In recent times, Pakistan has inducted Spada 2000 air defense system to the Pakistan Air Force. The deal for 10 batteries was worth $656.56 million over five years. Spada 2000 has 60 kilometer range radar and two firing sections, each containing two missile launchers with six Aspide 2000 missiles each. The missiles have an intercept range of more than 20 kilometers. This system has enhanced Pakistan’s air defense capabilities and it can counter any aggressive air attack by the enemy. Pakistan also produces unmanned aerial vehicles (UAVs) for surveillance and reconnaissance purposes. Pakistan Air Force has two UAV squadrons and is looking to build up to six. Pakistan can use such UAVs in the sensitive areas near the border with India to keep check on any movement by the Indian forces.


This capability will provide Pakistan with more space and time to counter the Indian CSD. In 2009, Pakistan inducted Saab-2000 Airborne Early Warning and Control (AEW&C) Aircraft into its fleet. This system has enabled the PAF to detect all aircraft taking off from and landing at all forward Indian airbases adjacent to Pakistan and also to identify the type of aircraft, their weapons systems, vector and altitude. In addition to that, the radar capabilities and range of the system enable the operator to receive an early warning in case of pre-emptive attacks from across the border.


PAF would get three more AEW&C aircraft in 2010 under $866 million deal. This deal will make air defence more effective and bring about a major change in its operational concept and employment. Pakistan military used its intelligence, surveillance and reconnaissance assets i.e. UAVs, aerial imageries and early warnings in the Azm-I-Noh exercise to have transparency in the battlefield. Strategic surprise is the essence of CSD. The prior information of the enemy movement will offset Indian military’s element of surprise and its proactive maneuvers. It will also help field commanders of Pakistan Army to take decisions accordingly with changing situation on ground. These types of capabilities can hamper an Indian offensive against Pakistan. Pakistan Army and Pakistan Air Force practiced these components of air defense in the recent exercises. These exercises are an assertion by the Pakistan military that it has the capability to counter any threat from India.


The main purpose of these exercises was to convey a message to the Indian decision makers that Pakistan has the capability to defend itself from any unprovoked intrusion. PAF conducted “Exercise High Mark” in 2010 to demonstrate its firepower and capabilities. It has also tested its joint operations with Pakistan Army. In this exercise, Pakistan Air Force provided air cover to ground troops that highlighted the forces’ potency to fight integrated battles to counter CSD-based operations. Such capability is essential to meet future threats on the eastern border.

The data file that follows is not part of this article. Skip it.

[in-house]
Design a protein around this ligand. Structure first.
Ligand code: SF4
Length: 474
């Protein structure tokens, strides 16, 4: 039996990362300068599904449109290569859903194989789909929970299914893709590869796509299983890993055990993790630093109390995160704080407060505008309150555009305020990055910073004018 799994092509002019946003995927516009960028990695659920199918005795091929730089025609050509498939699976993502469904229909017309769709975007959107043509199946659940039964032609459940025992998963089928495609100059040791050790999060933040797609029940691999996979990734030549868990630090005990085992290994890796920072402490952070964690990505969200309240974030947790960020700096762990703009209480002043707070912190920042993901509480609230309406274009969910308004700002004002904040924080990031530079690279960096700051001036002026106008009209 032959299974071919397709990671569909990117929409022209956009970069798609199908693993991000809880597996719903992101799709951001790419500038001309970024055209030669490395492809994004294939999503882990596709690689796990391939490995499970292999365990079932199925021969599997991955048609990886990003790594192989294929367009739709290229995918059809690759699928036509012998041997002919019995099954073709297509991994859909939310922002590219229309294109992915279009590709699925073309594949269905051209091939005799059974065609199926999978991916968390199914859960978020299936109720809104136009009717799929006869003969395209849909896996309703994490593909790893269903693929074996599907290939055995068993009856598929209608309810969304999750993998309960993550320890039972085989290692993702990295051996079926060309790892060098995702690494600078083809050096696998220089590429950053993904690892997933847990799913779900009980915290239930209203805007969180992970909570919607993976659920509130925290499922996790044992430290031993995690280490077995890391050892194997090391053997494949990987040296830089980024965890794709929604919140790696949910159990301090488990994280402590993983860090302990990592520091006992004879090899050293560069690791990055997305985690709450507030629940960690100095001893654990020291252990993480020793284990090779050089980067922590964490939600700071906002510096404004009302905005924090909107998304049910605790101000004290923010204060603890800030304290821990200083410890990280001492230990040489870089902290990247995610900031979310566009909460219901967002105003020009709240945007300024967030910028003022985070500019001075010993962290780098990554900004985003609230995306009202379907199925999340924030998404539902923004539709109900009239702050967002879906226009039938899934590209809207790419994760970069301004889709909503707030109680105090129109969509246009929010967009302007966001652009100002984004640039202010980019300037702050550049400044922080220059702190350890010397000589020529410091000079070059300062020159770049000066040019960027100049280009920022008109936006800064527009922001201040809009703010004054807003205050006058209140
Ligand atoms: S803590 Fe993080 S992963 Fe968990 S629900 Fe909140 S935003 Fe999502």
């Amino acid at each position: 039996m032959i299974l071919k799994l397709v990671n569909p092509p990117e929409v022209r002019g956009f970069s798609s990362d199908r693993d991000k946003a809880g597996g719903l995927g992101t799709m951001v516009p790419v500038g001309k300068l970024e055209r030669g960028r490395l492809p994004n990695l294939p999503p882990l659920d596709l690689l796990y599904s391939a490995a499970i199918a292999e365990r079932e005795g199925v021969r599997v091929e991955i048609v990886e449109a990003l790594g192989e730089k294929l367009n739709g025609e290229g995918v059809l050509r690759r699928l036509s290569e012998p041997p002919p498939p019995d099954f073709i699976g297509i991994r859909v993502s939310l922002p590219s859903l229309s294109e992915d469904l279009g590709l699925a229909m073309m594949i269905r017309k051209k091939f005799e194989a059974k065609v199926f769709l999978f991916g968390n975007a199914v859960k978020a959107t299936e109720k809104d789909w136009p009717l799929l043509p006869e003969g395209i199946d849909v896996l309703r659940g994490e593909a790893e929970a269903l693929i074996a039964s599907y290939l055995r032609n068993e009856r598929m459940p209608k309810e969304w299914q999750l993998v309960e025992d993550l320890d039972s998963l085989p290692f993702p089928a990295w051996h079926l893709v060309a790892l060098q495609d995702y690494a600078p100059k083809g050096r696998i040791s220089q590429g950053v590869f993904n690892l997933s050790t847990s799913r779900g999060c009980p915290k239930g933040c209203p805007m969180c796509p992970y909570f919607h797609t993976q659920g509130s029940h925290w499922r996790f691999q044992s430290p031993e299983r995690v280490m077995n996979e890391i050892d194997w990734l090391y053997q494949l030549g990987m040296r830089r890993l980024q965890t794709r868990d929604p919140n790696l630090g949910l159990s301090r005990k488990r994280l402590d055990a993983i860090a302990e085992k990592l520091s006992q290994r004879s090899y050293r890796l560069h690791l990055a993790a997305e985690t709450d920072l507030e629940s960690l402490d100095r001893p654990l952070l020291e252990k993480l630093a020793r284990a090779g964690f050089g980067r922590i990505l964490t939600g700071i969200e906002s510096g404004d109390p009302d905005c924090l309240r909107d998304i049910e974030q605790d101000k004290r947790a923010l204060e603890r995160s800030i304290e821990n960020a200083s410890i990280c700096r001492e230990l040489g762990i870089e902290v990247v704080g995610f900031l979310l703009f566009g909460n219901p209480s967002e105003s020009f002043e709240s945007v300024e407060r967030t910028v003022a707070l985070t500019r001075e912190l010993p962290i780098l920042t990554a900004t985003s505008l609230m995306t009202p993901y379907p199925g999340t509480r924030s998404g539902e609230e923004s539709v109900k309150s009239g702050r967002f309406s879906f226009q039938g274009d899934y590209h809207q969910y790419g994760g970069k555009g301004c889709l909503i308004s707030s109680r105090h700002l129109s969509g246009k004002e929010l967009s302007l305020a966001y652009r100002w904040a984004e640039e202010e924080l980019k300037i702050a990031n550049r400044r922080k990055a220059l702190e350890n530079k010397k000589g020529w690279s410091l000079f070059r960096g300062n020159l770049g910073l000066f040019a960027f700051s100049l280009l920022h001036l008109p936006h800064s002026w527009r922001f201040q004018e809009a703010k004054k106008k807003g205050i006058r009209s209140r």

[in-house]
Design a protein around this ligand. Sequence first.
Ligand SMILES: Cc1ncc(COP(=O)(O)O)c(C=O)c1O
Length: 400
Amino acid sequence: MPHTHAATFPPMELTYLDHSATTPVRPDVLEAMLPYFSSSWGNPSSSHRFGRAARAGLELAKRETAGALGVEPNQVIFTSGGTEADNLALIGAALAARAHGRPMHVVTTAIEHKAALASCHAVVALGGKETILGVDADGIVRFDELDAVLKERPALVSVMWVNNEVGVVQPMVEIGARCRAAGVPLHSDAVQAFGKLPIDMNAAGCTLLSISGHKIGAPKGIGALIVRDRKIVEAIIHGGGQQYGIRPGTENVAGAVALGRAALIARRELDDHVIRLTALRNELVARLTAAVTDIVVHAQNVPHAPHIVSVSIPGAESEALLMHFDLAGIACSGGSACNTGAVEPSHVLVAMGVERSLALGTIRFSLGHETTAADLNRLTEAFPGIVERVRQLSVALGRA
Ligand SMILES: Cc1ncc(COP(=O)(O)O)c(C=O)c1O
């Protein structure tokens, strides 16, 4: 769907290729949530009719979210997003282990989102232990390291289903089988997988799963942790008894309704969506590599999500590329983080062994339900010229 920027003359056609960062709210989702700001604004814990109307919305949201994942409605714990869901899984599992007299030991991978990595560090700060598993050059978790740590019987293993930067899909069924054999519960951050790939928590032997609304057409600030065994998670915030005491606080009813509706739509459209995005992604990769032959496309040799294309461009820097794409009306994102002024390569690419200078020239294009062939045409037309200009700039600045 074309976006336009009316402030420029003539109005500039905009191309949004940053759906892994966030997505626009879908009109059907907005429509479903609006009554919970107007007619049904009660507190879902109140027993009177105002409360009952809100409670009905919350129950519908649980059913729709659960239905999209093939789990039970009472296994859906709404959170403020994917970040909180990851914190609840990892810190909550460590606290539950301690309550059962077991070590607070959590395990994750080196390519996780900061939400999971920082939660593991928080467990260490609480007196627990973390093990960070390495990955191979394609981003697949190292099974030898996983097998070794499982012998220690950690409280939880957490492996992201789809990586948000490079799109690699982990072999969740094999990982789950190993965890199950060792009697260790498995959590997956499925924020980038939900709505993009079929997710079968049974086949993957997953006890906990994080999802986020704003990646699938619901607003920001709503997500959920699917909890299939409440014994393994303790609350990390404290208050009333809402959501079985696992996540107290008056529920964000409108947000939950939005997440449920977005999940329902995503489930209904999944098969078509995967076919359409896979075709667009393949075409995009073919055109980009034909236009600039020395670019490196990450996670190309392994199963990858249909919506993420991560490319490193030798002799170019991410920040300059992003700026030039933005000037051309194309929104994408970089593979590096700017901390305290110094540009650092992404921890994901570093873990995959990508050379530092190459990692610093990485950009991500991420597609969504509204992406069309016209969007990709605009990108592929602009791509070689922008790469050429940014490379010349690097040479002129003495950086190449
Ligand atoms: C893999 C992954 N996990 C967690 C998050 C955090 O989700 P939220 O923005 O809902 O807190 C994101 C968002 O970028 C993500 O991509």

Additionally, PAF fighter pilots displayed their abilities to maneuver and hit enemy targets with missiles, bombs and other live ammunition with utmost precision. JF-17 Thunder, F-16s, F-7 PG Aircraft and helicopters were also used in the display of firepower skills aimed at targeting enemy installations while dodging radars. Force multipliers such as the Saab-2000 Airborne Early Warning and Control (AEW&C) aircraft and air-to-air re-fueller aircraft were also utilised in this exercise. Special features of the military exercises included PAF’s capability to launch a sensor missile and hit a target from 60 kilometers away.


Midair refueling and air-to-land targeting, using missiles and bombs were also tested. The exercises also included a search-and-relief operation, use of spy planes, expeditious supply of heavy apparatus using transport planes and a ground operation backed by the PAF. High Mark 2010 exercise was aimed at conducting operations in a near-realistic strategic environment while integrating new inductions and providing role-oriented training to combat and support elements of the PAF. All of PAF’s main operating bases and forward operating bases participated in the exercises. These exercises show Pakistan’s vigilance and alertness towards the defense of the country. The capabilities manifested in these exercises would work as force multipliers. It would help to offset enemy’s strategic surprise and reduce the reaction time for Pakistan Army to respond to any challenge. Still a lot needs to be done to improve the overall capabilities of the armed forces.


Indian CSD has wide range of implications for South Asia. If Pakistan failed to counter CSD based assault on its soil then it may reconsider its nuclear policy of recessed deterrence and deploy its strategic assets at high alert status. Threat of a nuclear war would take the region into its grip. Indian aggressive policies would provoke an arms race in the region. It would hamper the economic and social development of the region and poverty, hunger, un-employment and uncertainty will aggravate in both countries. Most importantly, CSD will seriously impede Pakistan’s efforts against war on terrorism. Pakistan has deployed a major chunk of its armed forces in the Federally Administered Tribal Areas (FATA) and on the Afghan border. In case of any threat from India, Pakistan would move its forces from western to eastern borders. Such a move would hinder its efforts against terrorism and militancy.


At present, it may not be possible for India to put into practice CSD against Pakistan due to shortage in military weaponry and equipment but in future acquisition of latest weapons and equipment along with NCW and EW capabilities would enhance Indian military’s capabilities. It would give confidence to Indian military to carry out a limited war against Pakistan in the nuclear shadow. To meet any likely intimidation from the Indian military, it is imperative for Pakistan to take some concrete steps to perk up its overall military capabilities to offset any future coercion.